The bolts came faster, the thunder louder, the wind harsher, the waves higher—

And then, just as quickly as the scene arrived, a final web of lightning cast itself out across the neighborhood and vanished. The sky began to shift, and the rain softened to a drizzle.

Erin remained, eyes glazed toward the water, hoping maybe this time there would be an encore. But within moments, the brightening sky brought back the thoughts she’d sought reprieve from. With great effort, she set her feet on the sand and stood. She stared deep into the dark water, willing herself not to sit back on that lonesome tire.

Turning away was agony. Each step toward home felt slower than the last. But all the same, Erin was aware that somewhere in that deep, unreached place, a sense of lightness had broken in. Dimmer than it had been by the lake, but still there. She’d realized that afternoon two years ago, when she’d first seen the lightning dance on the lake, that something had been birthed within her. It swelled during the storms and receded between them, but was never fully gone. And it called her back to the shore, to a refuge during days too dark to see through.

When she arrived home, the house was quiet. She showered, wrapped her hair in a towel, grabbed a clean pair of clothes, and found her father reading on the back porch. She sat beside him, tucking her legs up and resting her toweled head on his shoulder.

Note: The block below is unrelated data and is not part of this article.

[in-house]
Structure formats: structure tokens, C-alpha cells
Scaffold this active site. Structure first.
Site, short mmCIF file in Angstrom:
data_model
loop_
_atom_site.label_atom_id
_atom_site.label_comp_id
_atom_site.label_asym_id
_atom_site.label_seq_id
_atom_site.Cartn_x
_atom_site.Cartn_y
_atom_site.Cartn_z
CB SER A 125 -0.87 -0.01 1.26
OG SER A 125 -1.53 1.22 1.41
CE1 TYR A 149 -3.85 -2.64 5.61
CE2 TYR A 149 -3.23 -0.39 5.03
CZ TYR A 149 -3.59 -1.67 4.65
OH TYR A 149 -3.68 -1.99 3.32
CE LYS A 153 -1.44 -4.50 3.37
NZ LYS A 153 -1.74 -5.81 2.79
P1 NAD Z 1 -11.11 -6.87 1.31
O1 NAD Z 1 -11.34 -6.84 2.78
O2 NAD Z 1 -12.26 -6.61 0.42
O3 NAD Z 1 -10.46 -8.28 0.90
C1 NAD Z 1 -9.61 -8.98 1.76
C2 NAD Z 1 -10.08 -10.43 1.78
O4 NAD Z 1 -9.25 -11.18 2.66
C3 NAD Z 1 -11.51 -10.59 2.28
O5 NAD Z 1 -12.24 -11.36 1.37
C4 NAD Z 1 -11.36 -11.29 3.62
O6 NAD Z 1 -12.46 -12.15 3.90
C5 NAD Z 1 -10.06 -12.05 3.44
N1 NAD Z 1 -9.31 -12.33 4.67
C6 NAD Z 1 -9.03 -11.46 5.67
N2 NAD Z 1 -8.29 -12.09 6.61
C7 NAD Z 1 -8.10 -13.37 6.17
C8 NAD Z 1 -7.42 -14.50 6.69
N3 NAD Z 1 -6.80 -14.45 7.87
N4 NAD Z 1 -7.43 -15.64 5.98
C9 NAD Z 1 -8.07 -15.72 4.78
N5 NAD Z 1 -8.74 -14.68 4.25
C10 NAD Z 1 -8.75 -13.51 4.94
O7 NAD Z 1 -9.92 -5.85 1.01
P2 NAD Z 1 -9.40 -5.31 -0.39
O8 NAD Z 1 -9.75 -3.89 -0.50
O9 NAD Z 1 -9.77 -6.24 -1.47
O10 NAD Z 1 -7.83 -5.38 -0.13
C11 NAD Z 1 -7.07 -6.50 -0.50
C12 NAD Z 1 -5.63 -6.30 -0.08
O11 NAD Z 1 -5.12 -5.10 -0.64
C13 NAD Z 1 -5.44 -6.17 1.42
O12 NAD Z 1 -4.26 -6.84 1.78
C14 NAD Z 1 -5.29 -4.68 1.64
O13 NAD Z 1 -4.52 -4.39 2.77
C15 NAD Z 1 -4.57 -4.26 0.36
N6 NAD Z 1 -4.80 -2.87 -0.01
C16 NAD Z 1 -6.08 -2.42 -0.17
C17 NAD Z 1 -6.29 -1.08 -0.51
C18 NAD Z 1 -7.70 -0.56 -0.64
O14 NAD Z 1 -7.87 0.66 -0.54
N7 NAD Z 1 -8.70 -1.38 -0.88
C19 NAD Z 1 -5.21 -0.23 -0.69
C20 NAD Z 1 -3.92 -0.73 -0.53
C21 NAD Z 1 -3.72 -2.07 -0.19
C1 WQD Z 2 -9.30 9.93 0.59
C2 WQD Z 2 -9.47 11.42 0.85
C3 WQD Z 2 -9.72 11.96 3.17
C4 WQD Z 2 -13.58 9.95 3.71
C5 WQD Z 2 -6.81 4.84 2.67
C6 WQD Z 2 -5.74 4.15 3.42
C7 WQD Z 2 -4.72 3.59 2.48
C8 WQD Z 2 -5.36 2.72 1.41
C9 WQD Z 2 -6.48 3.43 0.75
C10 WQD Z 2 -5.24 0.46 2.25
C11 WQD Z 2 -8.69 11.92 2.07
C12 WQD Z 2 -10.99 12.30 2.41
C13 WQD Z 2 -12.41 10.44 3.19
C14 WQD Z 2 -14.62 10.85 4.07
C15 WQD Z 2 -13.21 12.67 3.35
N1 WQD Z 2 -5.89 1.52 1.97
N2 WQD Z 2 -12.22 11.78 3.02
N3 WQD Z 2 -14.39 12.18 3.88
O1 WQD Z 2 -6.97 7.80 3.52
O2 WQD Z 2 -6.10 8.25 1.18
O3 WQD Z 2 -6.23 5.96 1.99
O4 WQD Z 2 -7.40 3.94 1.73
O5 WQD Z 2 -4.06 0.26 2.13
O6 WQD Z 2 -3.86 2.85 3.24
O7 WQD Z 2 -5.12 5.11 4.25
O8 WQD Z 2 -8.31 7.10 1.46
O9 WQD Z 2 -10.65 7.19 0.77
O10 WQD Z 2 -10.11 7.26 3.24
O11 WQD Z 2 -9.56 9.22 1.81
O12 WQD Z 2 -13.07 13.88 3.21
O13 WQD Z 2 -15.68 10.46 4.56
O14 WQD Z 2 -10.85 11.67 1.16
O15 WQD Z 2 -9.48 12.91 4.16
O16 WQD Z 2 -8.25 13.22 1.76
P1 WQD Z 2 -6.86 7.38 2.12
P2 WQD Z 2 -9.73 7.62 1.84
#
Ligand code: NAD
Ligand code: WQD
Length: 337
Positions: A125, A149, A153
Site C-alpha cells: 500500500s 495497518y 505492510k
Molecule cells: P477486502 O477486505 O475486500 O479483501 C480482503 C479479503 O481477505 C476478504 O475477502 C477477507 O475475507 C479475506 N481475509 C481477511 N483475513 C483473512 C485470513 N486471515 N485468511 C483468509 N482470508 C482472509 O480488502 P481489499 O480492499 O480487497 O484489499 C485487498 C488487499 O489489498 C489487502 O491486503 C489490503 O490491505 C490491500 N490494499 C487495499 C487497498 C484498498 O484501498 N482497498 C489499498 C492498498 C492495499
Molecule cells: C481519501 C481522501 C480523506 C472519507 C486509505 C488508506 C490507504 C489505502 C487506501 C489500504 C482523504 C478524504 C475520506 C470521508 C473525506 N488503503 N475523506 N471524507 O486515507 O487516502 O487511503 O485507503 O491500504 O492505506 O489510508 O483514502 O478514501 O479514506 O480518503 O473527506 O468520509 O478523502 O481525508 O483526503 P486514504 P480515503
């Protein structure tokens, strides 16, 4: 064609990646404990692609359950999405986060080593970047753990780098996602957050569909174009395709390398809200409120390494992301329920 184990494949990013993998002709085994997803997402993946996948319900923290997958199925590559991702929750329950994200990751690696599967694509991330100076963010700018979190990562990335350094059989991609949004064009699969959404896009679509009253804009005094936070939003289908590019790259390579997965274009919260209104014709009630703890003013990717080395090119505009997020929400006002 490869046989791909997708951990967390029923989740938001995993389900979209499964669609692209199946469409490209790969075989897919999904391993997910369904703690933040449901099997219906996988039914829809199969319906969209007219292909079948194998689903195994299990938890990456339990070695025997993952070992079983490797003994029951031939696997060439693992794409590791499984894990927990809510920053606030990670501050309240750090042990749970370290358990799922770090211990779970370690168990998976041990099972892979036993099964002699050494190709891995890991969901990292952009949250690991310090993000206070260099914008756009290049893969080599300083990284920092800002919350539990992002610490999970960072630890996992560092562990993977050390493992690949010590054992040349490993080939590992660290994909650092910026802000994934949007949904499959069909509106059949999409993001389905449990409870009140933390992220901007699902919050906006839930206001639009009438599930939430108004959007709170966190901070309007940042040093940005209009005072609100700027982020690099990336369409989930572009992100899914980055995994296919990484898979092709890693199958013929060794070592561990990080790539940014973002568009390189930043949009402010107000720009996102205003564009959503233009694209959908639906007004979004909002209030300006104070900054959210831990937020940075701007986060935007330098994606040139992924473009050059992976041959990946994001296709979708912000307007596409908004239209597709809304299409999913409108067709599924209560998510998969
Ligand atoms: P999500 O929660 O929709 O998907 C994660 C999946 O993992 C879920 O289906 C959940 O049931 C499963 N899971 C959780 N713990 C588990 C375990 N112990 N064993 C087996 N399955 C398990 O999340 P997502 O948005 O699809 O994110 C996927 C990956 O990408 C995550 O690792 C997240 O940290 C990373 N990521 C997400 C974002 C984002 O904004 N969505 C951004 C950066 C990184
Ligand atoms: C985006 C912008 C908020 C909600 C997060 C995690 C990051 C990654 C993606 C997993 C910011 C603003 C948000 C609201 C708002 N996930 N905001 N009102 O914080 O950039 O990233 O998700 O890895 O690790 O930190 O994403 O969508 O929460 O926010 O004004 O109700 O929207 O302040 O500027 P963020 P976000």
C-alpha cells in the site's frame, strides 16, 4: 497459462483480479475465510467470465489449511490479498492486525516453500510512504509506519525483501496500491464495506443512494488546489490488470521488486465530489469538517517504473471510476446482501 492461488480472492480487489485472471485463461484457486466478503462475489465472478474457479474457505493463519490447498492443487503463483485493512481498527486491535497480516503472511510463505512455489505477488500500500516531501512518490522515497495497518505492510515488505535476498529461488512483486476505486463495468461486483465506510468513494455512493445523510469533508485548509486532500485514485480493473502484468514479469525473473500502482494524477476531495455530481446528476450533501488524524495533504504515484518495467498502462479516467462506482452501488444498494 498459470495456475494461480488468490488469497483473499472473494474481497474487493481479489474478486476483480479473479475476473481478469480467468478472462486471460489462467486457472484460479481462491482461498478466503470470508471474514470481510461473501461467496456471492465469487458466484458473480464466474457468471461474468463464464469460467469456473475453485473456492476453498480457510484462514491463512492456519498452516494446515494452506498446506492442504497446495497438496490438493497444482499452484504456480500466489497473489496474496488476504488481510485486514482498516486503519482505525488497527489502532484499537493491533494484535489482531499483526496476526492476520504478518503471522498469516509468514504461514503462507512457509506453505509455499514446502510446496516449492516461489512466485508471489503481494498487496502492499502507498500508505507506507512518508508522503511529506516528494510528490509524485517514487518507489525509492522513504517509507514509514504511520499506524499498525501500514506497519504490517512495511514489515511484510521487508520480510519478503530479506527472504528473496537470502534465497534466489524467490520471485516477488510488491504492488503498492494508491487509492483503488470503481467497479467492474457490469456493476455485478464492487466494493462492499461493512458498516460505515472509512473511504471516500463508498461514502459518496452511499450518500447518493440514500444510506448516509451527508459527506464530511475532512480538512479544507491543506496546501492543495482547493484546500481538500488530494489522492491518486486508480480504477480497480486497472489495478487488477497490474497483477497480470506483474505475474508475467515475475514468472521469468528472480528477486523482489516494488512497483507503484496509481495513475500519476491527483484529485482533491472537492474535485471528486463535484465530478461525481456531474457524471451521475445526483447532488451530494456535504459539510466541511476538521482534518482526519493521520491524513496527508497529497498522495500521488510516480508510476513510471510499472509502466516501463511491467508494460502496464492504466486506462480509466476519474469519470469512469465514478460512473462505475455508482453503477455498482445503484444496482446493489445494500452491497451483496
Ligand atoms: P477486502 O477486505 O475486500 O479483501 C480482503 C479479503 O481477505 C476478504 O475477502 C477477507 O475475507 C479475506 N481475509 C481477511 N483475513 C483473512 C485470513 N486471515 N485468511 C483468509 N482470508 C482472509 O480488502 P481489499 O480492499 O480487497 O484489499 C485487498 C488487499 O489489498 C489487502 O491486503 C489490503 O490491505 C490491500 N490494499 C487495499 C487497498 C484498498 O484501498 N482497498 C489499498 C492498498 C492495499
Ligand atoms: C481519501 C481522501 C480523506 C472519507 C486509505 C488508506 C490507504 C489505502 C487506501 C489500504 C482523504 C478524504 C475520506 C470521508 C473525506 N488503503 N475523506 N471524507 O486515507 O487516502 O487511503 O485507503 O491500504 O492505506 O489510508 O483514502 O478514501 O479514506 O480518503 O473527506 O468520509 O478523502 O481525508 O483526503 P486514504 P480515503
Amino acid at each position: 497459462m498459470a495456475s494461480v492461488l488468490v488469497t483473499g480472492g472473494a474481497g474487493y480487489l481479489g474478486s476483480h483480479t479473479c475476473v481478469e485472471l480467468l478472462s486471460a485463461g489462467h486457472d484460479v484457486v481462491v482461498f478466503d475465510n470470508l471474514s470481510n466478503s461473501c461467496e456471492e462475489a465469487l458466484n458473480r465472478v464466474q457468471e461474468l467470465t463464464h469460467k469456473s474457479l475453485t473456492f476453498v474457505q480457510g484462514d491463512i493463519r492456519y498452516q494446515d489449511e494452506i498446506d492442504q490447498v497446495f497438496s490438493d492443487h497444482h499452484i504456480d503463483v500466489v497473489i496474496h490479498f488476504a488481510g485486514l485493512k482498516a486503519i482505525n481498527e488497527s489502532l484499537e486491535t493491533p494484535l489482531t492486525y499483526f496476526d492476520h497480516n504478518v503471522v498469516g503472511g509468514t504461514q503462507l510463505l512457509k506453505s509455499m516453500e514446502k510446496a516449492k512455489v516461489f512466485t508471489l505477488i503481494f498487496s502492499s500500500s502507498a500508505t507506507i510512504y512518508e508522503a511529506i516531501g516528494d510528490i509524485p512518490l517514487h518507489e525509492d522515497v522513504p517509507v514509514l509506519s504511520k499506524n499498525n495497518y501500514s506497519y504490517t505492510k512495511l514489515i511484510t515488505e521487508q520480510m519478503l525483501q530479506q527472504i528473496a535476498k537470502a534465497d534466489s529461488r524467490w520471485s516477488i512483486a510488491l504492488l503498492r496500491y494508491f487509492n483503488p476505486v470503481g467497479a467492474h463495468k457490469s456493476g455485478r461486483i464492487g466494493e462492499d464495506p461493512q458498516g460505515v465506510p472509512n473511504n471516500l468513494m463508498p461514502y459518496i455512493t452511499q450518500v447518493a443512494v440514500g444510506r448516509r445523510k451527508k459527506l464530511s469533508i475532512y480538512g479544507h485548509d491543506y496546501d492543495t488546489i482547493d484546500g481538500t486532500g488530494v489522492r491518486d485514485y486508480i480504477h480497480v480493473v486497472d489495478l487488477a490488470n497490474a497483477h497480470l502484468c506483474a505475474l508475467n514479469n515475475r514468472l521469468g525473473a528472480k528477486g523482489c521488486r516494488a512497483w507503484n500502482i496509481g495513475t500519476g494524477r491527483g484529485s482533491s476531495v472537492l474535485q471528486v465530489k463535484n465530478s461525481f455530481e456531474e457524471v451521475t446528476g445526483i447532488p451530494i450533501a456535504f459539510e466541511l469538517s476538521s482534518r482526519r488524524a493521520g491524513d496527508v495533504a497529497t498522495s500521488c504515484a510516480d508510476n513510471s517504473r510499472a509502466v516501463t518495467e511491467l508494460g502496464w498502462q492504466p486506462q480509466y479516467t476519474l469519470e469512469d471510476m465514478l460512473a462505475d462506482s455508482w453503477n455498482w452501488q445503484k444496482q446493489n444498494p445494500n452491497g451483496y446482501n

“You were gone a while.”

Erin breathed in deep and let the air out slow. “It helped. Today at least.”

He kissed her on the forehead. “I hoped it would.”

The next day, Erin ran again, and the day after that too. She missed the storm on days when her legs were too heavy and her arms couldn’t pump. In the mornings, she cursed the hours she had to spend waiting. When missing Henry consumed her, she skipped days, longing for him to appear again and pat her arm and tell her to run. But he didn’t. Then on days when he stirred her from coveted sleep, she wept and thrashed and cursed him for doing this to her. 

Her father, meanwhile, never asked her how she was doing. He didn’t hover nearby or make her feel like she had to sit for dinner or clean the dishes. But she did notice a towel waiting for her in the foyer after her runs. The vase in her room held hydrangeas that never wilted. Shriveled tubes of toothpaste fattened, and dirty running clothes turned clean and dry. 

And her father, who didn’t know what else to do, would every few days step into her room just before 4:30 in the afternoon and sit on the side of the bed, patting her arm.  

Why don’t you run, he’d say. It was never a question.

January 26, 2024 19:23

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Timothy Rennels
01:25 Feb 08, 2024

Very well written Megan. Very sad, but running can be strong medicine. Write on!


Megan Maclaine
16:12 Feb 08, 2024

Thank you tons, Timothy! That means a lot. Glad you enjoyed the story ^.^


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L.M. Huntwork
02:20 Feb 03, 2024

This was a beautiful story. I was captured by the first few sentences and compelled to read on until the very last word. You're a phenomenal storyteller.


Megan Maclaine
02:50 Feb 05, 2024

Thank you so much! I’m so glad you enjoyed it 🥹